Monday, September 2, 2013

Vintage Fall Wreath With Burlap

Really weird confession for ya: I'm not really a wreath lover. Honestly I think most wreaths just look tacky. And yet, here I am doing a tutorial on wreaths. In my defense it was out of desperation for more fall decor that was rustic looking, cheap and easy. This is what was born.

So because I'm a florist I look at wreaths with a critical eye and I think the reason most of them look "off" to me is because...they are! There is this fine balance in wreath making. They have to look full, but not cluttered. They have to move in an eye pleasing way (circular more or less). They have to be uniform but interesting at the same time, and all the mechanics must be hidden. Plus I'm really picky with colors. I'm a very neutral kinda gal. 

Not that you couldn't tell from my blog or anything.

Did I achieve all that? I hope so! I've only made a few wreaths in my life...all of them for other people. So I am far from an expert wreath maker. But this one makes me happy. Rustic, cute and simple. My kind of style.  


  • Grapevine wreath
  • Burlap flowers
  • Dried wheat
  • Raffia
  • Long strip of burlap about 3" in width
  • Flat push pin
  • Hot glue gun
  • Scissors
  • Wire cutter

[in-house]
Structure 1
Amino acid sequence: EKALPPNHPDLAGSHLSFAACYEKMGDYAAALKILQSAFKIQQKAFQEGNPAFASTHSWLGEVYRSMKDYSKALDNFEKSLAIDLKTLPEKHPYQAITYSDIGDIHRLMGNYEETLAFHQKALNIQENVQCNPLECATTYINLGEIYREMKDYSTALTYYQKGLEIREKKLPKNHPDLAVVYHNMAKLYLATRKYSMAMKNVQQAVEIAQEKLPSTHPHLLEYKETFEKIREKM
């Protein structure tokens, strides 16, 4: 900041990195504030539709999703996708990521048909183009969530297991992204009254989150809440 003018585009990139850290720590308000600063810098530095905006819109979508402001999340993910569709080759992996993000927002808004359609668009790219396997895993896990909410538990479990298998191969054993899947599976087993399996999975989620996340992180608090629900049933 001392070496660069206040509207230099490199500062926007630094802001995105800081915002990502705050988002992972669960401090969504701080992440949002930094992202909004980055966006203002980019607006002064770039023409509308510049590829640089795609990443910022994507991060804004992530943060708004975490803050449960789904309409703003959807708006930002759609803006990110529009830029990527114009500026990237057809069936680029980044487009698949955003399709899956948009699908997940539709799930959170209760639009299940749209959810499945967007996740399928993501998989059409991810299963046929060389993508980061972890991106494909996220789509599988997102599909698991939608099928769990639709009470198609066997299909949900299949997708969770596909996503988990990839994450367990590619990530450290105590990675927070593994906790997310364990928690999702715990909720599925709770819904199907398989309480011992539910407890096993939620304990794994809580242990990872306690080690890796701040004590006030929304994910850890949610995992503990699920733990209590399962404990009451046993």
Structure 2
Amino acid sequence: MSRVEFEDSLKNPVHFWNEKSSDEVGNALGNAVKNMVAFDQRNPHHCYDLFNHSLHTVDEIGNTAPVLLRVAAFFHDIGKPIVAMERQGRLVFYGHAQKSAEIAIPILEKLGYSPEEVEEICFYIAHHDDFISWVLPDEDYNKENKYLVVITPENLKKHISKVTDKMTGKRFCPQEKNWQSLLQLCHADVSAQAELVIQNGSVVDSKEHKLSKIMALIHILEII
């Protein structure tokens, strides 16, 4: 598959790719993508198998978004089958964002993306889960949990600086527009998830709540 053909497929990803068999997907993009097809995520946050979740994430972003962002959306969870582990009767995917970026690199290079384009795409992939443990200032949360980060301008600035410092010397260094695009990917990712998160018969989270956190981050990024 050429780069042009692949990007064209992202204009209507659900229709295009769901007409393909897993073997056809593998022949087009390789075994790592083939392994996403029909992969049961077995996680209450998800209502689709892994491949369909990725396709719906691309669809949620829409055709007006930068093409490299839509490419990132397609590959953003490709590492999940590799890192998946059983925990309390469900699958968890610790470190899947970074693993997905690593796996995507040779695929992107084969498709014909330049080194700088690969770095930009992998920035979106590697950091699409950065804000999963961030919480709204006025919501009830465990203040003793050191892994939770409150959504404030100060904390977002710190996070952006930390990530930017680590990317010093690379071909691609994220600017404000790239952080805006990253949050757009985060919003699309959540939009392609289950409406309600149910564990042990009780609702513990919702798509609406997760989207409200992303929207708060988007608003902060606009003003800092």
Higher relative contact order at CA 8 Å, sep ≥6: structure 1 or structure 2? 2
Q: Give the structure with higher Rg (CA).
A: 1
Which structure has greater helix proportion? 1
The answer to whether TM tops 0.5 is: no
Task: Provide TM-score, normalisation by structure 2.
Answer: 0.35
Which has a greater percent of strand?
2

• Flat nosed pliers

Your first step is to make however many burlap flowers you choose. I chose 7. An odd number is usually best. 

Once you get them made, I clipped off the wire really short and bent it over with the pliers. 

Next I made two small bunches with the wheat. One is slightly larger than the other. You can secure them with scraps of wire or raffia. I did both just to make sure it was secure. The raffia is to hide the wire. 

Then I made a small bow with the raffia. 

I cut the stems of the wheat relatively short, maybe leaving about 4 inches. With the leftover stems from the larger wheat bunch, I made a little bundle and tied those on each end with wire and raffia.

Once everything was prepped, I made a mock up of where I wanted it all to be placed. That was probably the most time consuming part for me. Originally I had made only 5 burlap flowers, but later decided that was not quite enough.

When everything is where you want it, remove one piece at a time and hot glue it in place. Remember to cover all your mechanics and get rid of any crazy glue strings!

Once everything is all glued in place take your strip of burlap and loop it through the wreath. I think mine was like 2 1/2 feet long, but I ended up cutting it a little shorter. 

Take it to whatever door you want  it hung on, and using the push pin, secure it in place on the top of the door. Definitely needs to be a very flat push pin so the door will still shut. Almost thought mine wasn't gonna shut. Just needed a little extra shove. Shh. :)

If the burlap strip is a little too long, just pin it in place where you want it to hang, and then cut the tail off later.

Wallah! A lovely fall wreath.


In order to protect myself from people who might take any information I have written out of context or use it in any way I do not intend...I must say the following: I am NOT a doctor. I take no responsibility for what you do or not do with any information I have written. My opinions and writings should not take the place of a  doctor...consult one of those if you need medical advice. Pretty much...please use common sense and I strongly suggest you do your own research as well. It's empowering!

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